Los Angeles, Dec. 19 (Reuters): A California judge today slashed a record $28 billion jury award against cigarette maker Philip Morris Cos. to a comparatively paltry $28 million, calling the punitive damages “legally excessive.”
Philip Morris, the number one tobacco company, said it still planned to appeal the verdict and expects the process to take several years.
A jury ordered the company in October to pay $28 billion in punitive damages to 64-year-old Betty Bullock, a woman suffering from terminal lung cancer who blamed the company for failing to warn her of the risks of smoking. In a written ruling, Judge Warren Ettinger, of California Superior Court for Los Angeles county, slashed the damages, but turned down the company’s bid for a new trial. He said a new trial on punitive damages would be ordered if Bullock refuses the reduced judgment.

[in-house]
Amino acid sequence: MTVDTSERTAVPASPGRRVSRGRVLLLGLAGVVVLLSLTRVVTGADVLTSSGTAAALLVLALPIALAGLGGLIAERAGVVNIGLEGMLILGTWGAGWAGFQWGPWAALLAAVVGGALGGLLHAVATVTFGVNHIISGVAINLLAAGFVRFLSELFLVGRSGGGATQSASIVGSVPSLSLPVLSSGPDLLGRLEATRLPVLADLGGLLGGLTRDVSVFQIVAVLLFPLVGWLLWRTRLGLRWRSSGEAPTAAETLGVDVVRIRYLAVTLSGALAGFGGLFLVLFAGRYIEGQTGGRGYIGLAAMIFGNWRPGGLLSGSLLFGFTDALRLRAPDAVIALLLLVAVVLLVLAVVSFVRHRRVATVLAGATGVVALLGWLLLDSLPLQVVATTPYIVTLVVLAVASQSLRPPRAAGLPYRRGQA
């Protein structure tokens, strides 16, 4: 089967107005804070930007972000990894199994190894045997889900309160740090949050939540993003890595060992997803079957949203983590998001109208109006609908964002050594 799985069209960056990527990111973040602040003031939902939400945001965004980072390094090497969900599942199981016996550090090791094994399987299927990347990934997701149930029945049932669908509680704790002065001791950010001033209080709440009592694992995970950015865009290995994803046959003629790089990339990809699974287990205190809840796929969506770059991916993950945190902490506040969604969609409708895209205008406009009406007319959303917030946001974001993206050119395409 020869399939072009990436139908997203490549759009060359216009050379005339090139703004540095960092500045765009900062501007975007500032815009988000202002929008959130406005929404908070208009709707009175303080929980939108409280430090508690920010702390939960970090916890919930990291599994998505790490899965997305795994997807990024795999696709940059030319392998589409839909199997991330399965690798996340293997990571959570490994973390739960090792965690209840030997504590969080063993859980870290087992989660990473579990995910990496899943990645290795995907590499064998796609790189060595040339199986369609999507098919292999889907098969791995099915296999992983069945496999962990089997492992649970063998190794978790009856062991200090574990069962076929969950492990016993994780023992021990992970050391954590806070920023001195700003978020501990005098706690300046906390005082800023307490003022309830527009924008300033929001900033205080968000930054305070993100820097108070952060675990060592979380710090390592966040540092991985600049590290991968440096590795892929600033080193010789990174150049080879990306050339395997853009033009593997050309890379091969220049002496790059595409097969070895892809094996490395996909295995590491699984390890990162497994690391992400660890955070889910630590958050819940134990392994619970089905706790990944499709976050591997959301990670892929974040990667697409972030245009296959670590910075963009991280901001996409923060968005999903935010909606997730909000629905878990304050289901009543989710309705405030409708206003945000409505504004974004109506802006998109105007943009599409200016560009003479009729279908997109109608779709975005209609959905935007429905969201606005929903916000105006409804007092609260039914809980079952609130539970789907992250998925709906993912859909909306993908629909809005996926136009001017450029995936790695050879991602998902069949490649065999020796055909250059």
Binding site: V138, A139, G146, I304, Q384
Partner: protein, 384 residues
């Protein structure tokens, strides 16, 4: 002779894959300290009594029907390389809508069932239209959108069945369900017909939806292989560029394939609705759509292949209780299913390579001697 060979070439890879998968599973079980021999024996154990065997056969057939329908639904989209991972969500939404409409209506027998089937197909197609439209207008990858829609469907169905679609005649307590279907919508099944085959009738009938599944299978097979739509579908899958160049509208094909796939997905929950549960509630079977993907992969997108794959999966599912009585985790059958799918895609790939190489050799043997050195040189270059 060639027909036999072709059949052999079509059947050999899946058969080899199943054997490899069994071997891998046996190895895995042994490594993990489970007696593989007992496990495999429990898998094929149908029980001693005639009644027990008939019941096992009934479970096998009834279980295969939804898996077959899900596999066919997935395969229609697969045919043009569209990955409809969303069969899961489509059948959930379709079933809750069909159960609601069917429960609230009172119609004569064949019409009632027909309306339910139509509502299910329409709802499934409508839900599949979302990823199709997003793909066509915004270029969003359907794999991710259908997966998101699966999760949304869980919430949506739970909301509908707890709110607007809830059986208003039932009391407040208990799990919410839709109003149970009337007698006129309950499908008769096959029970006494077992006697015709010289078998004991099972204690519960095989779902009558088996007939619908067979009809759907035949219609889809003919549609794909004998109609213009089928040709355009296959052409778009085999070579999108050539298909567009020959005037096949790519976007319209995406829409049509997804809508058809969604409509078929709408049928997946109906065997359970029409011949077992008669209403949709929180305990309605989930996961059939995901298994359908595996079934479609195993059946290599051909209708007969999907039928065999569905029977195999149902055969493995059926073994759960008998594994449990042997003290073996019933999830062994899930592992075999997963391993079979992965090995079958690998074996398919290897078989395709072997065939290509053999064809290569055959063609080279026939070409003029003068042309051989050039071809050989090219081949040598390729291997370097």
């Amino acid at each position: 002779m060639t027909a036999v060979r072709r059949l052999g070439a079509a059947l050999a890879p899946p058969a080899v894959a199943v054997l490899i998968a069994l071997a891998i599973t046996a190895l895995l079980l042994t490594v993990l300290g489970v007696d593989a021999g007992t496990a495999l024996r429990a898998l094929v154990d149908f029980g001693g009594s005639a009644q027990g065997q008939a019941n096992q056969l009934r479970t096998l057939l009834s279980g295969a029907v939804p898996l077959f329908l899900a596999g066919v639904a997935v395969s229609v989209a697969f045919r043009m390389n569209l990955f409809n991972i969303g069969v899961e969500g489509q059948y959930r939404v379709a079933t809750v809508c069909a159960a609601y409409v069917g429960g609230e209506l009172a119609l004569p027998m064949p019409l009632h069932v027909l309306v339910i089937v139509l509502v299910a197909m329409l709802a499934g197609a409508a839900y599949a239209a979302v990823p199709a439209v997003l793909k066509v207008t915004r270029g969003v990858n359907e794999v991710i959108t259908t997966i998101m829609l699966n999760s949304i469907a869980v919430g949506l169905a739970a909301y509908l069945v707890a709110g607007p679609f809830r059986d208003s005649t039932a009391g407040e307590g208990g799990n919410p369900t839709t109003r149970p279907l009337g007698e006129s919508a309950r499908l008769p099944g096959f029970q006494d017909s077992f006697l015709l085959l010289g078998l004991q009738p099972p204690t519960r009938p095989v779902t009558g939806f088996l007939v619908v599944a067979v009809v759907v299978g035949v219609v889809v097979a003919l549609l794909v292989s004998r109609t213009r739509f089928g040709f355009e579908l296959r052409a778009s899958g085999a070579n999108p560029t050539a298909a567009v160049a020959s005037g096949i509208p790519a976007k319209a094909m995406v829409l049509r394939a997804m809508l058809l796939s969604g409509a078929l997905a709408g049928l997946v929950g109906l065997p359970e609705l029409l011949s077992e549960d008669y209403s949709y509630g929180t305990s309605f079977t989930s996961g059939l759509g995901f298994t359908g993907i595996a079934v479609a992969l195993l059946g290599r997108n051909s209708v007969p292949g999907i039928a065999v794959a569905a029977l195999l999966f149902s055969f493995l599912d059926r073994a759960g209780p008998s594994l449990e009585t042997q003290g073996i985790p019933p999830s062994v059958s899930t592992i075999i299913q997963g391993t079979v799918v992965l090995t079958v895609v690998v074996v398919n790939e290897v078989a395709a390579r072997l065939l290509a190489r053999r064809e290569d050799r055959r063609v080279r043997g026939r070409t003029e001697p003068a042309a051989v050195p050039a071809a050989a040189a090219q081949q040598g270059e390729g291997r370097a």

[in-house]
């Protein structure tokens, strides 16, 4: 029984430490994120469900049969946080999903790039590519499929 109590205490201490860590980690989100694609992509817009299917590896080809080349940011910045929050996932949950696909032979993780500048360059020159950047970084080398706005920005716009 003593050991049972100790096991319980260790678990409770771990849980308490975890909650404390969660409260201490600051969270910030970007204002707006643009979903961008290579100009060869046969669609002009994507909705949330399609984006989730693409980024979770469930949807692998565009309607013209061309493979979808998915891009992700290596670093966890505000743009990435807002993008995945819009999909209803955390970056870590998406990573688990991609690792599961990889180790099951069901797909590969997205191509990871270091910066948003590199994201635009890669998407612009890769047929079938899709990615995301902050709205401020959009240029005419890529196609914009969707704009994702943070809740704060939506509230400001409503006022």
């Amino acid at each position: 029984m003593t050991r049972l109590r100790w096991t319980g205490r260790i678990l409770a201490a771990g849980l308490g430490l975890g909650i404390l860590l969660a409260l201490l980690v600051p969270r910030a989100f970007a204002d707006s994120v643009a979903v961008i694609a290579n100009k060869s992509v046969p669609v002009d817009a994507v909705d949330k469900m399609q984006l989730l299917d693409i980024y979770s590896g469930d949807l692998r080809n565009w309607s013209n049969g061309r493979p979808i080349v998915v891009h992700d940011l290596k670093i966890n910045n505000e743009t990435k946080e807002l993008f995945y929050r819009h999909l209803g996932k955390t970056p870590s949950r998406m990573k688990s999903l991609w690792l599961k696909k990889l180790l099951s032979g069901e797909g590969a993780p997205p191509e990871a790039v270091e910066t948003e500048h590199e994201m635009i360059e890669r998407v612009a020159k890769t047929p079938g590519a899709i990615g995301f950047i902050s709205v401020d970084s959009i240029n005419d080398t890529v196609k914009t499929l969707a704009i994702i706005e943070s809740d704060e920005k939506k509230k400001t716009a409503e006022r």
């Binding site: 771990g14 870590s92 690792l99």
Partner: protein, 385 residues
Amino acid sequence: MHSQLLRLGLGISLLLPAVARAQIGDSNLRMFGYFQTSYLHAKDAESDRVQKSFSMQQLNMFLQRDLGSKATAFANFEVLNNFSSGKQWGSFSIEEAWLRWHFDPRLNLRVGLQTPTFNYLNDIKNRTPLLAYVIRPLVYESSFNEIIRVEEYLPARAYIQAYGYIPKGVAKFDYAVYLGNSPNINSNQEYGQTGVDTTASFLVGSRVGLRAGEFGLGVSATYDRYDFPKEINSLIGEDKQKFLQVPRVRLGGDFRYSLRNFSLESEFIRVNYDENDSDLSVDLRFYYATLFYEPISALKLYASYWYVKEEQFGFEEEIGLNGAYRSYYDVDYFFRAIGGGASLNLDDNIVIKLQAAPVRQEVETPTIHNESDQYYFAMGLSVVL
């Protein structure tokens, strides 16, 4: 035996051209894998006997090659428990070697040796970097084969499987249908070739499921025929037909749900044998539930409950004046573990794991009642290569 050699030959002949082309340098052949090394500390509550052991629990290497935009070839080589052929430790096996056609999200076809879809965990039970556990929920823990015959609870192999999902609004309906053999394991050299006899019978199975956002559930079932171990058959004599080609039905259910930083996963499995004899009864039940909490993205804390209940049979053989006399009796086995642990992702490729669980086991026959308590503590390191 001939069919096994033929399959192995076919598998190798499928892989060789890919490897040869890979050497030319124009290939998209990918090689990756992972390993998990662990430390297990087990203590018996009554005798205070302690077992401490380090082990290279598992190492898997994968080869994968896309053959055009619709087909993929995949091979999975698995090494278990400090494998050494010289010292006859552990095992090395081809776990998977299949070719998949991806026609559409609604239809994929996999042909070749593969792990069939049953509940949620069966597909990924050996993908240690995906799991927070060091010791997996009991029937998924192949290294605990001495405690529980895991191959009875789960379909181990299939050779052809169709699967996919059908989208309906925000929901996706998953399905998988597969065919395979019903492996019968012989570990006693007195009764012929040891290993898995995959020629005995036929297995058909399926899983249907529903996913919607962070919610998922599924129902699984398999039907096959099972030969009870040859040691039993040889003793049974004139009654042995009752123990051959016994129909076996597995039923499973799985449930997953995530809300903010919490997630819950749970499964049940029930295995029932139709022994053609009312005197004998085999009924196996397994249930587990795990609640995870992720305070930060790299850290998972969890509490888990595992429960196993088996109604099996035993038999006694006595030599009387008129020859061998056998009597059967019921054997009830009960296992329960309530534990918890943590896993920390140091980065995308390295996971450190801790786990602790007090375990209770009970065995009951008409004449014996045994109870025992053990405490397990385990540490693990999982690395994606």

The jury had also awarded Bullock $750,000 for compensation of medical expenses and loss of earnings and $100,000 for pain and suffering — but the punitive damages were 33,000 times those amounts, a ratio deemed by Ettinger to be excessive.
In a statement, Philip Morris said the new ratio is nearly 33 to 1, well in excess of the four-to-one ratio the US Supreme Court has suggested approaches the constitutional limit of such awards.
“A critical element was what the plaintiff knew about the health risks of smoking ... the evidence was clear that Bullock was aware of the risks and never relied, to her detriment, on anything the company said or did,” William Ohlemeyer, the company’s associate general counsel, said in a statement.
The previous record for punitive damages had been $3 billion awarded by a Los Angeles jury last year to Richard Boeken, a smoker who later died.